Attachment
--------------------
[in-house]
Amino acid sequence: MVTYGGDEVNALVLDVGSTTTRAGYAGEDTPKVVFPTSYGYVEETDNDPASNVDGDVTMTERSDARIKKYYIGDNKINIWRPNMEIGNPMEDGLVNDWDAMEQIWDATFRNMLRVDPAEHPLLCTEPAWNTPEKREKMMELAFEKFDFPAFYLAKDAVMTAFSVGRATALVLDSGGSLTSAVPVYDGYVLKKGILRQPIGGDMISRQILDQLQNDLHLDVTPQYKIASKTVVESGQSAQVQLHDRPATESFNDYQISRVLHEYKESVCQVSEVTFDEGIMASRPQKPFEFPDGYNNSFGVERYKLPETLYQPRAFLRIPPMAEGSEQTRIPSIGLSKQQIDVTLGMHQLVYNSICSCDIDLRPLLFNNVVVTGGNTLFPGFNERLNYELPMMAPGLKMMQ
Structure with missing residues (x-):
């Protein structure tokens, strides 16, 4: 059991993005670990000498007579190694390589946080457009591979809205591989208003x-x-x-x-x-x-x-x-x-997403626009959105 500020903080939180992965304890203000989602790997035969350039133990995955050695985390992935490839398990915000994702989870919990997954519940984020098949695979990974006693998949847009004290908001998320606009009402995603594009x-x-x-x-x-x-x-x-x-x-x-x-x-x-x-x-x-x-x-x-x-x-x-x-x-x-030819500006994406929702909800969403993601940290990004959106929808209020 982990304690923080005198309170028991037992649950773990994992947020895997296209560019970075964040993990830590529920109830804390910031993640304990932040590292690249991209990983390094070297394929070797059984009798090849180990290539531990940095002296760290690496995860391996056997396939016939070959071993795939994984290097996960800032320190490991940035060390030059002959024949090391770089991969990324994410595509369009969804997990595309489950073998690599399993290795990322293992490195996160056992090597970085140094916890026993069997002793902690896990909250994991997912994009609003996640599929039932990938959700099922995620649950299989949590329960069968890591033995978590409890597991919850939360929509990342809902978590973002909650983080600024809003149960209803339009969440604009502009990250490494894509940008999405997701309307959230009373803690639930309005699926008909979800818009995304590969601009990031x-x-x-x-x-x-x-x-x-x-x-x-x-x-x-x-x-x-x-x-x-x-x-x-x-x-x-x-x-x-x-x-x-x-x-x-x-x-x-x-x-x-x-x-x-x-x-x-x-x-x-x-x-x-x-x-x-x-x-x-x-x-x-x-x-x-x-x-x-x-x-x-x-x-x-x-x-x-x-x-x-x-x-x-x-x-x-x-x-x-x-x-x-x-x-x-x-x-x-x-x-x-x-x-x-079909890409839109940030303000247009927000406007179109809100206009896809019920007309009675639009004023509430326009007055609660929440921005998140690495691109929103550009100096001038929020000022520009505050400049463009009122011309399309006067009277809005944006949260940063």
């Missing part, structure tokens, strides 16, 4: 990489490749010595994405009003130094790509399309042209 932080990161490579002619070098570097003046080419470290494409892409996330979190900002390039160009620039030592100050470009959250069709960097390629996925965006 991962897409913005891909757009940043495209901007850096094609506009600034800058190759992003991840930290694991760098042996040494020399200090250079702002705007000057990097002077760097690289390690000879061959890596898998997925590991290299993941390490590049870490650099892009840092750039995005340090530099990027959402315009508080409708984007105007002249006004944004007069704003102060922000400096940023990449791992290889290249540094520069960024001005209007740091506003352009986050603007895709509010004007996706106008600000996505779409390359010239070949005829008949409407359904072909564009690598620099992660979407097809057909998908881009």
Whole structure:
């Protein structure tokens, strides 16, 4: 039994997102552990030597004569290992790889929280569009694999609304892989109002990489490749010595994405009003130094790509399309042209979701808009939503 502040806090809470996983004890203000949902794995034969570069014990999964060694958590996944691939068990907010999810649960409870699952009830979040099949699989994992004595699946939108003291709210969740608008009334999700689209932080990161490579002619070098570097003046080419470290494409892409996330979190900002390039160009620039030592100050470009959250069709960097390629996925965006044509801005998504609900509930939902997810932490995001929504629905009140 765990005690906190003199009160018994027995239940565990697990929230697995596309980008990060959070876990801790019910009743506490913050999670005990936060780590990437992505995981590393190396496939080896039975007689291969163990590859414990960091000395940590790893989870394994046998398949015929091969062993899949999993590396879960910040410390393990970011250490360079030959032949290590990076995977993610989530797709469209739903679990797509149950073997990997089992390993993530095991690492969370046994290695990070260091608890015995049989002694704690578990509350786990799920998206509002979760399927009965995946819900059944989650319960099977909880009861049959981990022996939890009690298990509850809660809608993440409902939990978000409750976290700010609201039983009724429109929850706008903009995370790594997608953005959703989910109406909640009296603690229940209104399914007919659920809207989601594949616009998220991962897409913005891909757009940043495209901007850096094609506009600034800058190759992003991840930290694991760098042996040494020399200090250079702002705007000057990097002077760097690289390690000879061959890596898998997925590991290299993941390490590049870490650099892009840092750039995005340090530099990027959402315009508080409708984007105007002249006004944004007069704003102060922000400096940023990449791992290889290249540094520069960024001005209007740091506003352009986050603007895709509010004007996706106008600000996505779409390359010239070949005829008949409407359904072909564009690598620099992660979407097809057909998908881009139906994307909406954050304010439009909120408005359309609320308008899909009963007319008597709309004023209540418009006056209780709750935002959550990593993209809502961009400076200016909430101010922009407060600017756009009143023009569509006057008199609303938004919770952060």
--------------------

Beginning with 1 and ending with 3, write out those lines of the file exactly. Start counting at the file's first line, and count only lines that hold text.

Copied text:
[in-house]
Amino acid sequence: MVTYGGDEVNALVLDVGSTTTRAGYAGEDTPKVVFPTSYGYVEETDNDPASNVDGDVTMTERSDARIKKYYIGDNKINIWRPNMEIGNPMEDGLVNDWDAMEQIWDATFRNMLRVDPAEHPLLCTEPAWNTPEKREKMMELAFEKFDFPAFYLAKDAVMTAFSVGRATALVLDSGGSLTSAVPVYDGYVLKKGILRQPIGGDMISRQILDQLQNDLHLDVTPQYKIASKTVVESGQSAQVQLHDRPATESFNDYQISRVLHEYKESVCQVSEVTFDEGIMASRPQKPFEFPDGYNNSFGVERYKLPETLYQPRAFLRIPPMAEGSEQTRIPSIGLSKQQIDVTLGMHQLVYNSICSCDIDLRPLLFNNVVVTGGNTLFPGFNERLNYELPMMAPGLKMMQ
Structure with missing residues (x-):